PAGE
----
The Call for Prohibition by Missouri Temperance Society
Though a large religious presence existed in Missouri, its inhabitants succumbed to a great number of vices, including alcohol abuse amongst men. The widespread alcohol abuse in St. Louis, the gateway to the West, caused many that passed through the city to comment on the wicked city containing an excessive number of deists and infidels. Some cited alcohol abuse as a result of the growing population that moved away from the church because of their involvement in more secular affairs, including journeying west. Ministers tried to resolve this problem quickly, especially when they viewed alcohol responsible for all of the ills of society: drunkenness, gambling, fighting, general disorder, Sabbath-breaking, and upper-class freethinking.
By the 1830s, temperance societies sprung up in Missouri and throughout the South to combat alcoholism and end the noted loss of spirituality amongst those who were being swept up by alcohol's burning tide...to the gulf of eternal ruin. In early 1836, the Temperance Society of St. Louis called for a day of simultaneous meetings in which to rekindle the push for Prohibition, or at least temperance within the state of Missouri. The society noted that intemperance was never more rife, more open or more destructive to society and members wished to end the ravages...far more horrible than those of any plague or pestilence that ever swept through our borders.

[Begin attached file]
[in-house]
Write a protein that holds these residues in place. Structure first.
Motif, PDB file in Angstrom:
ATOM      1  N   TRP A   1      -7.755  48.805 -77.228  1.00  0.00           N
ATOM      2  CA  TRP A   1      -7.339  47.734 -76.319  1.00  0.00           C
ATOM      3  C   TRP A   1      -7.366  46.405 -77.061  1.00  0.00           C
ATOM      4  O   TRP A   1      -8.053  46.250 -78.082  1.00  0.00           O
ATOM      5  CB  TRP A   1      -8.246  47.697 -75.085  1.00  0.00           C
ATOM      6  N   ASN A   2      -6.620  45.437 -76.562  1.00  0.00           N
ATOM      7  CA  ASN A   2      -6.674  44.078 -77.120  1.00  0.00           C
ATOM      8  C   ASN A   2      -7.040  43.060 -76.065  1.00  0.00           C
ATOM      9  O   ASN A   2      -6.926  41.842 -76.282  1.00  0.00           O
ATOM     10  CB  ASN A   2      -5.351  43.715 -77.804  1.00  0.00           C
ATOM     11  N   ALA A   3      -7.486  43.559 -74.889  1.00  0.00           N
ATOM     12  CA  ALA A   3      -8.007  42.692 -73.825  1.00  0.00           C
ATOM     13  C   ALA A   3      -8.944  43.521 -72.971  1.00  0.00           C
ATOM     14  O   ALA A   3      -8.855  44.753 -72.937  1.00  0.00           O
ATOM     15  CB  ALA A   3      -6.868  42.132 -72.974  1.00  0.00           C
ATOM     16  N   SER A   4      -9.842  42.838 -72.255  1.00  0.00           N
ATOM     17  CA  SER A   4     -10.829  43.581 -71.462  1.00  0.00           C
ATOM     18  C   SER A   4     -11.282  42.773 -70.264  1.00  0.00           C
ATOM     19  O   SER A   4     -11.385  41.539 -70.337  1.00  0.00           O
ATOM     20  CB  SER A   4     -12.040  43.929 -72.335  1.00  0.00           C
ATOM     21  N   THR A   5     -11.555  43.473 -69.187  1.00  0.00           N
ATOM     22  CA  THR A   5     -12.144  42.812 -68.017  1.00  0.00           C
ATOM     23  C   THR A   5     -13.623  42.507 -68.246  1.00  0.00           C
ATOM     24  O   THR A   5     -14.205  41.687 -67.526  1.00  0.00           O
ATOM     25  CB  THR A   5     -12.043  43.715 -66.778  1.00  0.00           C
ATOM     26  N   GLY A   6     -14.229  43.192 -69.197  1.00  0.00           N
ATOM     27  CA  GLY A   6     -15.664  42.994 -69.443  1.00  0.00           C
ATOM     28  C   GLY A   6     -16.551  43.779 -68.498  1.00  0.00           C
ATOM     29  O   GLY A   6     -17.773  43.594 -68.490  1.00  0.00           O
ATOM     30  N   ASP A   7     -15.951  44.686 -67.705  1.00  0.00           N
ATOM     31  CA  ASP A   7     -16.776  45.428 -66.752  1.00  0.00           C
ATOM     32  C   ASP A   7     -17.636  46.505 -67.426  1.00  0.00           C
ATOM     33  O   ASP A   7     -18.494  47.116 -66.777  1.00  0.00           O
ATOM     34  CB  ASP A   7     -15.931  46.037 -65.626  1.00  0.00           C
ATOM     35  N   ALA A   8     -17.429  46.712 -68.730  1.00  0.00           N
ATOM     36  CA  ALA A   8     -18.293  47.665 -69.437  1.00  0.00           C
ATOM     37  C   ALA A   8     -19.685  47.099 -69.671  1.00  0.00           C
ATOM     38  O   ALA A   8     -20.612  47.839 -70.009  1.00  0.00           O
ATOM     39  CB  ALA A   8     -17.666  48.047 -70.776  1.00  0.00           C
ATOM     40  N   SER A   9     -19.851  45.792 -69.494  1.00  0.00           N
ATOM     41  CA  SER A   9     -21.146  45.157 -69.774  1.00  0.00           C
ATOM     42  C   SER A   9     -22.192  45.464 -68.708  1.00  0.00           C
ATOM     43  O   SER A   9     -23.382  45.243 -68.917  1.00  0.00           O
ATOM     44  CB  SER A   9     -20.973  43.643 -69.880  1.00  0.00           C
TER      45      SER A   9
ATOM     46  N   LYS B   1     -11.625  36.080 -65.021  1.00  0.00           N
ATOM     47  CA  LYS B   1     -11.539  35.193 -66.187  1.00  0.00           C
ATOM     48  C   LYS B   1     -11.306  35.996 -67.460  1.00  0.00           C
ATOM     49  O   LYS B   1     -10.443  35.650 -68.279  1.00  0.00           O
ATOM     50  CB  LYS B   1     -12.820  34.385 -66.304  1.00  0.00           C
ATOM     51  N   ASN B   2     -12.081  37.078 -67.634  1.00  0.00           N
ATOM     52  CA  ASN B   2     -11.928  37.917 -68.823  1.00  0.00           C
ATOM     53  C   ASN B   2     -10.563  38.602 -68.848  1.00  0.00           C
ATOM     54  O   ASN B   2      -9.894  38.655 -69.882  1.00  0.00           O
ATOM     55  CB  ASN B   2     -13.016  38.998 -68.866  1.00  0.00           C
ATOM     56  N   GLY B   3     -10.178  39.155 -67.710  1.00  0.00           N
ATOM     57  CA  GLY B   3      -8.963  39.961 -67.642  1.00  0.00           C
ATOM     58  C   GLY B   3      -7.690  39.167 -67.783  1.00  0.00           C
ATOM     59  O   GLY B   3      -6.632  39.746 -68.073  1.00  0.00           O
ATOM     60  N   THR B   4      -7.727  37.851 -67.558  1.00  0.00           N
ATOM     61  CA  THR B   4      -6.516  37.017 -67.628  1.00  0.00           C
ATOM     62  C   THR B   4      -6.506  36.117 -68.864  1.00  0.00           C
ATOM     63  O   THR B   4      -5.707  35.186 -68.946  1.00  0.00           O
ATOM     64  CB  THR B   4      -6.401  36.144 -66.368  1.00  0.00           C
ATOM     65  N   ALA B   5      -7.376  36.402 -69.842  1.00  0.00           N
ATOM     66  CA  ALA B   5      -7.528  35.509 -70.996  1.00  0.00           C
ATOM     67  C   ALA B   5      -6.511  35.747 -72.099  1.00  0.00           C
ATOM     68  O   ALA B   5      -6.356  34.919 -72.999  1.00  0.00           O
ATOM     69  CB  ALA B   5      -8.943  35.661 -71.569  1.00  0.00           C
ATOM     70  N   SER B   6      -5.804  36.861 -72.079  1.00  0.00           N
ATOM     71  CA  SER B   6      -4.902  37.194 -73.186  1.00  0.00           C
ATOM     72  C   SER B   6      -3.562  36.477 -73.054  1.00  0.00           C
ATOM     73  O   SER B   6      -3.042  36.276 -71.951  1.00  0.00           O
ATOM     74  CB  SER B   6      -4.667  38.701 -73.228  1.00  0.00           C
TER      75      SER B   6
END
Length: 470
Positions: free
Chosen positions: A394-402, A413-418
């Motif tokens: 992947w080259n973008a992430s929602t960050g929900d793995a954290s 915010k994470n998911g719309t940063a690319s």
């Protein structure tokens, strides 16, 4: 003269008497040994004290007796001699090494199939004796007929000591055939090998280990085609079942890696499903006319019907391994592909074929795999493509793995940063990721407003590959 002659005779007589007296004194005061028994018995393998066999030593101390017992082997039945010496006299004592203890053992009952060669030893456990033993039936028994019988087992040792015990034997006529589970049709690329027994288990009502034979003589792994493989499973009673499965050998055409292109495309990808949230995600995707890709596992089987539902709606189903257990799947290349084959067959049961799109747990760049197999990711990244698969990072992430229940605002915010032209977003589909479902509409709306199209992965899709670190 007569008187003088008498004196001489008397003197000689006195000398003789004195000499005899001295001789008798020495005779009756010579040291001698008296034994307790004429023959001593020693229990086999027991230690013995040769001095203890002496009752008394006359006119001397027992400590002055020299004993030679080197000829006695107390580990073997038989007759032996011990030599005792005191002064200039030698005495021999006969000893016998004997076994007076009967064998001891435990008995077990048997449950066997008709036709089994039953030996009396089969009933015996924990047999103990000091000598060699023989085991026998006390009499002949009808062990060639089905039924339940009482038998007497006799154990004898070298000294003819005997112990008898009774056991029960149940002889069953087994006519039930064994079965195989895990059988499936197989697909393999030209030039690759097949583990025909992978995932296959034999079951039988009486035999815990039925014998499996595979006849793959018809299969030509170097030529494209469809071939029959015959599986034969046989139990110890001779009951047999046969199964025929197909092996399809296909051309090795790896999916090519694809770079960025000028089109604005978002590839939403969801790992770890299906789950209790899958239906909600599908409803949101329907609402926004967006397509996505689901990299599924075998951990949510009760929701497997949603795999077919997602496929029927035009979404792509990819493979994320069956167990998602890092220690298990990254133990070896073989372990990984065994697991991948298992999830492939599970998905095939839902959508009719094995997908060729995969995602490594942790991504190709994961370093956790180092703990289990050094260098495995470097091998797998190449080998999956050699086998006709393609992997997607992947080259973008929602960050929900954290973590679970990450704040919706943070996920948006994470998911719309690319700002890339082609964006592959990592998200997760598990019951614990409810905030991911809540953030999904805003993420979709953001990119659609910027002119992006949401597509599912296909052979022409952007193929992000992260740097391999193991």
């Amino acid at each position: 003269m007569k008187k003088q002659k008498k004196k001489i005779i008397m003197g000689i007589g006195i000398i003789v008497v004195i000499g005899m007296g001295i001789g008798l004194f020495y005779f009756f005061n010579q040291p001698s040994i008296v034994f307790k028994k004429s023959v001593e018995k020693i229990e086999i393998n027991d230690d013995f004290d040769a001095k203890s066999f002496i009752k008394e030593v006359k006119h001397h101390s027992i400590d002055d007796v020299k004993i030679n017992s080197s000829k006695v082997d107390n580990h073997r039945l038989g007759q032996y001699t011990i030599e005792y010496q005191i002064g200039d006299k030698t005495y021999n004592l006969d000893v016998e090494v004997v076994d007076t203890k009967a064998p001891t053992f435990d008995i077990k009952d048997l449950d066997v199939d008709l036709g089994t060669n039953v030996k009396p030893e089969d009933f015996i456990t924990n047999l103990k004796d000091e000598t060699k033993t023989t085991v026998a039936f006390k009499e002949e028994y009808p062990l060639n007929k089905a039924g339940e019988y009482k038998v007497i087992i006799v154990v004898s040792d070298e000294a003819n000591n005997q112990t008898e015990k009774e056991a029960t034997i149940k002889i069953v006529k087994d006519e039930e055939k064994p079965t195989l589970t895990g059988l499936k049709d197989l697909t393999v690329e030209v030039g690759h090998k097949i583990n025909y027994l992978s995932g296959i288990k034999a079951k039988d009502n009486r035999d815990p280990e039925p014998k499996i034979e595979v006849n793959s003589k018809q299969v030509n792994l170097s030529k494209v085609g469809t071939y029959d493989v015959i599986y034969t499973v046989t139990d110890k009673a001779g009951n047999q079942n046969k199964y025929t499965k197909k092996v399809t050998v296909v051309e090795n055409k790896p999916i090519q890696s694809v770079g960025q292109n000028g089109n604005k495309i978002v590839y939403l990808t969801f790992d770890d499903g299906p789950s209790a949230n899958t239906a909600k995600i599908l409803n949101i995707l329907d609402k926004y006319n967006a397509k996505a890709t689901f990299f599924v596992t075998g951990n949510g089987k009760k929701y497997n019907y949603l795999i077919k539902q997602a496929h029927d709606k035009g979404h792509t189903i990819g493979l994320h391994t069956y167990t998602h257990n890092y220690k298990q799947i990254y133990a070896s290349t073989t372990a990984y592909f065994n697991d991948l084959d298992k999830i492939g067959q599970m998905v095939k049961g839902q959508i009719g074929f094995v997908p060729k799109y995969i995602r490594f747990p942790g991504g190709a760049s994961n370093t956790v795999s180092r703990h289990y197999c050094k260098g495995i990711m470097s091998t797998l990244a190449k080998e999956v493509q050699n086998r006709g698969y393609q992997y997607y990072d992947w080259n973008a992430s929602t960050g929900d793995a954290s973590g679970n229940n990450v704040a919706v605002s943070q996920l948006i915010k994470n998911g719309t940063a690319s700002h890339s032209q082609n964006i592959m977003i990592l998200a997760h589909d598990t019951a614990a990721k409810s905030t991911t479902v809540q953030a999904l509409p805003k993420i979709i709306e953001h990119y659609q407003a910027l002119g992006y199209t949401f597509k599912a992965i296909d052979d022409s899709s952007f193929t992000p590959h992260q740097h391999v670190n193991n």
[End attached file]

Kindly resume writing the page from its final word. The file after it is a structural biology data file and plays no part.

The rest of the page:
Within the religious South, the source of temperance societies and the influence of modern morality came from those who became largely involved in church life. The Missouri Temperance Society created an awareness of both social and physical abuse in the state when it called for a day of simultaneous meetings to help stop intemperance. Temperance societies tried to reduce the number of crimes and accidents that resulted from the use of alcohol. Included in the reported effects of alcoholism was abuse towards women, children, and slaves, especially in the South where moonshine, whiskey, and other drinks flowed freely. The widespread diffusion of temperance societies that occurred between 1830 and 1850 shifted the direction of the movement from one of alcohol in moderation to abstinence. In addition, the southern temperance movement that involved thousands spread to millions throughout the nation. Societies even invited women to take an increasingly important part in temperance work; the Women's Christian Temperance Union was established nationwide by the mid-1870s and remained influential through the 1920s.
- St. Louis Observer, January 21, 1836.
- W. E. Foley, A History of Missouri Volume II-1820 to 1860 (Columbia: University of Missouri Press, 1971), 201-202.
- Carol Mattingly, Well-Tempered Women: Nineteenth-Century Temperance Rhetoric (Carbondale: Southern Illinois University Press, 1998), 65-70.